The United States has not elected to opt out of the maximum age restriction; consequently, the ICAO restrictions now preclude any FAA Part 121 pilot (or equivalent, airline pilot) over age 65 from operating in USA airspace. The USA simply does not recognize the licence.
Changes in ICAO standards and recommended practices are initiated by a committee within ICAO, and only member countries can make submissions. Obviously, not every country espouses the same values as does Canada with respect to age discrimination. In fact, age was not included as a criterion in the International Declaration of Human Rights.
This is laid out in ST/SGB/2008/5 The mere mention of Age is "Prohibited Conduct".
Despite this, the UN continues to discriminate by Age in its' employment practices, a situation which is being challenged by various employees. The UN also discriminates against pilots, having an age limit of 65 in contracts, despite this being in clear contravention of the above strict policy.
Further, the November 2014 change to ICAO recommendations regarding age (no pilots over 65) is totally unsupported by any facts or data. In the justification, reference was made to the concept that medical problems in the "General Population" increase with age. No supporting data is given. What is more, in the original supporting information justifying the change from age 60., it was made clear that one cannot extrapolate medical information from the "General Population" to the Pilot Population, because those with serious disease are selected out of the Pilot Population. When ICAO looked at 15000 Pilot Years of data, they could find no reason for any mandatory age; older pilots (over 54) were found to be safer pilots, and incapacitating medical events occurred earlier. Because Scheduled Airlines have two or more pilots, no age was found to be necessary.
The Age 65 policy, and the (now dropped) Over/Under rule were put in as sops to those countries that could not get their minds around the concept that age is not disqualifying for pilots.
If the UN was serious about its' policies, ICAO would not be recommending any age at all, but relying on Medicals, Line Checks, and Simulators etc, as Canada and other countries do. Twenty plus countries have no maximum age for pilots. The experience makes it clear that age is not a valid measure for Pilot Competency.
Hopefully, the whole issue will be revisited and reality will be used to make policy, but the UN (and ICAO) are enormous bureaucracies and things move very slowly.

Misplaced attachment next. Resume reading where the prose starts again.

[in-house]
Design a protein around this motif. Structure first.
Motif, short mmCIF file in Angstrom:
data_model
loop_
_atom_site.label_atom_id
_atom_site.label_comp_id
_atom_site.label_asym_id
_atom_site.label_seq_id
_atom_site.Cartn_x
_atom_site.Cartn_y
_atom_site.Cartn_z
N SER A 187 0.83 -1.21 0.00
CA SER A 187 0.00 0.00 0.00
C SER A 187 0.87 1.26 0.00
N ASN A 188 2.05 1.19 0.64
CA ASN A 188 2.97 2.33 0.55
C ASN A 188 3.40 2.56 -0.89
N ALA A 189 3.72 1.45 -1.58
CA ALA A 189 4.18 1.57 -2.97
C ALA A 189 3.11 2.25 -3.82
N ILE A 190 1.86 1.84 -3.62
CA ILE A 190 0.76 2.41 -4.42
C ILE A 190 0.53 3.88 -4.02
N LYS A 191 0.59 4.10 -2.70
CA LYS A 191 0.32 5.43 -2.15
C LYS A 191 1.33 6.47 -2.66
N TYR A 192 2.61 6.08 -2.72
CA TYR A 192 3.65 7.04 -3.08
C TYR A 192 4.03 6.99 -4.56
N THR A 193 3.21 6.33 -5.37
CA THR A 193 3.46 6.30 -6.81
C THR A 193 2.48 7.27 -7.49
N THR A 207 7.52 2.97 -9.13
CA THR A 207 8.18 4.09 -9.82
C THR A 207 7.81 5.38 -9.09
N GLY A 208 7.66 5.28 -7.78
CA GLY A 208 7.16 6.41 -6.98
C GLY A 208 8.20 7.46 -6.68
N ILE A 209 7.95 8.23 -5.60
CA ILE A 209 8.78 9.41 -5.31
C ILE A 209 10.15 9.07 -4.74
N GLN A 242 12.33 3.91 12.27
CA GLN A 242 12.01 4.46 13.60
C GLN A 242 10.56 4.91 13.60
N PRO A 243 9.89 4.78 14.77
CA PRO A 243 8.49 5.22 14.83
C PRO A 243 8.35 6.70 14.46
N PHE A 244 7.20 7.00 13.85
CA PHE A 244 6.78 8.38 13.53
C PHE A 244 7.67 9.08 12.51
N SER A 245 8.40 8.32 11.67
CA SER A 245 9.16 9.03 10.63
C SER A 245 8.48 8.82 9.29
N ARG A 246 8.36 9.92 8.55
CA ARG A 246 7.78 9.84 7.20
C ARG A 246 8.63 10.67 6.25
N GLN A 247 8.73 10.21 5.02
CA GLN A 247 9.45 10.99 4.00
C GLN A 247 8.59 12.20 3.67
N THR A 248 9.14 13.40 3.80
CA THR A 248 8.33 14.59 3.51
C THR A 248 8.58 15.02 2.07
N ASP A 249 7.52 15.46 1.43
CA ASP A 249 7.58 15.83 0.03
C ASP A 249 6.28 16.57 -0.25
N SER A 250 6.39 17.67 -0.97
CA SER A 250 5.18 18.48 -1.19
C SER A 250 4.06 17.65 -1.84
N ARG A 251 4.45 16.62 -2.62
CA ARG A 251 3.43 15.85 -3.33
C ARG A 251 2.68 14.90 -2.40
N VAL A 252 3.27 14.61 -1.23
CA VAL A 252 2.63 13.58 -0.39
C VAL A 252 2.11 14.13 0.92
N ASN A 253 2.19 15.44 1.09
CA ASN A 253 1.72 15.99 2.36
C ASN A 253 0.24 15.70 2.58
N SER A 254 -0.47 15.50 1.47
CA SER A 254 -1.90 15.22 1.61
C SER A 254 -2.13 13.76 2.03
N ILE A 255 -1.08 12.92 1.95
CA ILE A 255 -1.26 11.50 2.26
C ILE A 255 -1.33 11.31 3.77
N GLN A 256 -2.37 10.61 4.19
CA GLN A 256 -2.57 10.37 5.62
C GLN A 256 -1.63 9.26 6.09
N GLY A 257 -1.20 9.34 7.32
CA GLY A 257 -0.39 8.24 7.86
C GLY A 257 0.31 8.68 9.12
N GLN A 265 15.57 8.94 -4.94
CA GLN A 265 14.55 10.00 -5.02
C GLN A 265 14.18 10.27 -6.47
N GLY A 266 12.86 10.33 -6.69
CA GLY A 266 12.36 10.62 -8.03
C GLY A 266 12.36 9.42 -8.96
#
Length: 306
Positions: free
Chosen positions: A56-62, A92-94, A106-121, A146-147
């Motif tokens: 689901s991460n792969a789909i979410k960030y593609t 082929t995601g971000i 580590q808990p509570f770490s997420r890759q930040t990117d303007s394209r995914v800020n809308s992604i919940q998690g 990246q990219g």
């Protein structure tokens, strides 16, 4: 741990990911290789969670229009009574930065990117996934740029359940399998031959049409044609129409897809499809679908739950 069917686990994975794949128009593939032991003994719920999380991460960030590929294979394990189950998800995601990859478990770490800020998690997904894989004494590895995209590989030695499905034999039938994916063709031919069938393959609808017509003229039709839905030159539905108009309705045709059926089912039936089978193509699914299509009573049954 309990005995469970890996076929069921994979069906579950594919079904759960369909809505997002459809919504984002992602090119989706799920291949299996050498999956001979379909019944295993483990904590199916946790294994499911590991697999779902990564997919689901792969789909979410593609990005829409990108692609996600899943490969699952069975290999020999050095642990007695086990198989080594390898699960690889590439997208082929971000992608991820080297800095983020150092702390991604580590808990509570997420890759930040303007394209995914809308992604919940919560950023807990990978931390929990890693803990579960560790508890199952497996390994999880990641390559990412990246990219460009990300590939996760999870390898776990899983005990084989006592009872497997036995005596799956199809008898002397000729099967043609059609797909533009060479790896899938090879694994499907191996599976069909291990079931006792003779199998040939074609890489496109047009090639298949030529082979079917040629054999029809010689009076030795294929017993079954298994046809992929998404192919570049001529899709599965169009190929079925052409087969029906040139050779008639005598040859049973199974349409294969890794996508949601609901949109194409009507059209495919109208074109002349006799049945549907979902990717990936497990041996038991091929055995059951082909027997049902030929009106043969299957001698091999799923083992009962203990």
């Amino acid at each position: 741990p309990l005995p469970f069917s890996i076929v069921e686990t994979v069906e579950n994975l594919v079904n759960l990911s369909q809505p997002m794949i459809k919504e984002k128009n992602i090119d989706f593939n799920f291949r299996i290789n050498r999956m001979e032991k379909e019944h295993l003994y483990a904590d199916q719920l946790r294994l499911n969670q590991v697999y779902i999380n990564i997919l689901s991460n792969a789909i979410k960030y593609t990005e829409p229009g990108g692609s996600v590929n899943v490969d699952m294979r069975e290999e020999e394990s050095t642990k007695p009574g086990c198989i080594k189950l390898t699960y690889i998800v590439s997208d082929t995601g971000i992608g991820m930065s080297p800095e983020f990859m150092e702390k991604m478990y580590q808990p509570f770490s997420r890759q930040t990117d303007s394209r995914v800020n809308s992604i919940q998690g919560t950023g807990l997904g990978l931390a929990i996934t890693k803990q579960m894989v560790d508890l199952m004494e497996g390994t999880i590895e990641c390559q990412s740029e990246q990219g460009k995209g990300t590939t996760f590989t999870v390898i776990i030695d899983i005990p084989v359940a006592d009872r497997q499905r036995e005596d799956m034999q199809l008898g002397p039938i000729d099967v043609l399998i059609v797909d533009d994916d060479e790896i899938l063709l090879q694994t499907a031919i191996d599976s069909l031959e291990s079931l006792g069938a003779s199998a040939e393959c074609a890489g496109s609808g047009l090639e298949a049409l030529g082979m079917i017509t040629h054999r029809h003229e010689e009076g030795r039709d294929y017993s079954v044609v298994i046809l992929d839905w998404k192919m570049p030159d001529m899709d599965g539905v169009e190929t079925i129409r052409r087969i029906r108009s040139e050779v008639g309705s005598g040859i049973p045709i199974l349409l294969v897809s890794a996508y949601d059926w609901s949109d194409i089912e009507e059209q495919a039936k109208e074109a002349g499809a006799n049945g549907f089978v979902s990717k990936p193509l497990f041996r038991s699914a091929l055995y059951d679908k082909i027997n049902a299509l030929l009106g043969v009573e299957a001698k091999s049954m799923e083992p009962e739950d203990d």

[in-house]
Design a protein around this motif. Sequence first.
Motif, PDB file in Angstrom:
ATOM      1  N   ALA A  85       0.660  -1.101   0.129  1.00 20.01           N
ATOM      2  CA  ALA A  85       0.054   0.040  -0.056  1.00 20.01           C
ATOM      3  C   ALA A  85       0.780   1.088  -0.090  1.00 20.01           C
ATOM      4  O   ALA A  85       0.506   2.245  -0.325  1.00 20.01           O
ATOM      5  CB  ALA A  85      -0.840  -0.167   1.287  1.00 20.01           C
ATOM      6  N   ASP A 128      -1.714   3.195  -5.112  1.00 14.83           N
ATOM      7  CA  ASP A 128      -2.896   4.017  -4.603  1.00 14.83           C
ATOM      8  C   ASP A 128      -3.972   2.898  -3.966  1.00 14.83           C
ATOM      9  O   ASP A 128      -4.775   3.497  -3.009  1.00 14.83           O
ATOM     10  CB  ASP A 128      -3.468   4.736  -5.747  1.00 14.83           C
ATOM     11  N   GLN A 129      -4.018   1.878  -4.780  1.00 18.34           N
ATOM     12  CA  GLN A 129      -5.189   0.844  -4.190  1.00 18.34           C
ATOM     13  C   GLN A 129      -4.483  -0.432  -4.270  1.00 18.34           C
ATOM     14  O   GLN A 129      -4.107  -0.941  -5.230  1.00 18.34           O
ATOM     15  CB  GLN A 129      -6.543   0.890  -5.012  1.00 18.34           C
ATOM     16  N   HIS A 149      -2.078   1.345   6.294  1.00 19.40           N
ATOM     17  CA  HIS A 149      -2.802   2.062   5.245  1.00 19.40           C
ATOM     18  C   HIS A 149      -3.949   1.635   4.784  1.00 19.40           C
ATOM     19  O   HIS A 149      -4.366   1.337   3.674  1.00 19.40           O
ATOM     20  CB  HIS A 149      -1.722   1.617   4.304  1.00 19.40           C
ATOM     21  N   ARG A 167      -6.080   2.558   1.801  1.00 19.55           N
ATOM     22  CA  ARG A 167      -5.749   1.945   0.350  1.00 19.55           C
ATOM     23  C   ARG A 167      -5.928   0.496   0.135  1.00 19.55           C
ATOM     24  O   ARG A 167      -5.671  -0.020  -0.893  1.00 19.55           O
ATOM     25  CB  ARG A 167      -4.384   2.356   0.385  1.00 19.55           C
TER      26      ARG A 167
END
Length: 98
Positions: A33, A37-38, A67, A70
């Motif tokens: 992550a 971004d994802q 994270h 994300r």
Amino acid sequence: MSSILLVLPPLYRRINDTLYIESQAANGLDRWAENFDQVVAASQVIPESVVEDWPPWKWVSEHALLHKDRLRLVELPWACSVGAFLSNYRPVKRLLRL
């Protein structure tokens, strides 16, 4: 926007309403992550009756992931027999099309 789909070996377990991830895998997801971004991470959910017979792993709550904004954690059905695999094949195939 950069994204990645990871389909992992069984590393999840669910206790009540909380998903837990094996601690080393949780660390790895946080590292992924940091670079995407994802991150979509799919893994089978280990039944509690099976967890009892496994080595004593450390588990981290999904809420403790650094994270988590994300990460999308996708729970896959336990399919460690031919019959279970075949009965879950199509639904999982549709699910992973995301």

I see on another forum, that aprx. 20-30% of the AC pilots are retiring at age 60. How does that affect your formula? Your numbers don't make sense, on the entire issue, and it is even further reduced, due to variable retirements actually happening as we type away at this issue.
Could someone, please look and see who from the previous years of acpa work, (acpa bulletins) specifically, on the Age 60 Committee, tell, me, and the others here, who, is now past 60 from the Age 60 Committee, and who is over 60 from the various MEC's starting back around the mid time frame of 2005, lets say, and is still flying at AC even though, they fought tooth and nail to make sure the age 60 rule, booted out as many pilots as possible.
Two wise men and one wise woman will render the decision. The panel was composed of Madame Justice Johanne Trudel, Justice Richard Boivin and Justice Denis Pelletier.Norwegianwood wrote:The 3 wise men will render a decision in about 8 weeks! NW
We are awaiting a detailed update from our counsel, but word is that things went very well for the coalition side.
Oops, major faux pas! Here come the politically correct police!Morry Bund wrote:Two wise men and one wise woman will render the decision. The panel was composed of Madame Justice Johanne Trudel, Justice Richard Boivin and Justice Denis Pelletier.Norwegianwood wrote:The 3 wise men will render a decision in about 8 weeks! NW
We are awaiting a detailed update from our counsel, but word is that things went very well for the coalition side.
Norwegianwood wrote:The 3 wise men will render a decision in about 8 weeks! NWratherbee wrote:So? How did it go in Ottawa today?
Justice Delayed is Justice Denied.
21 weeks and counting !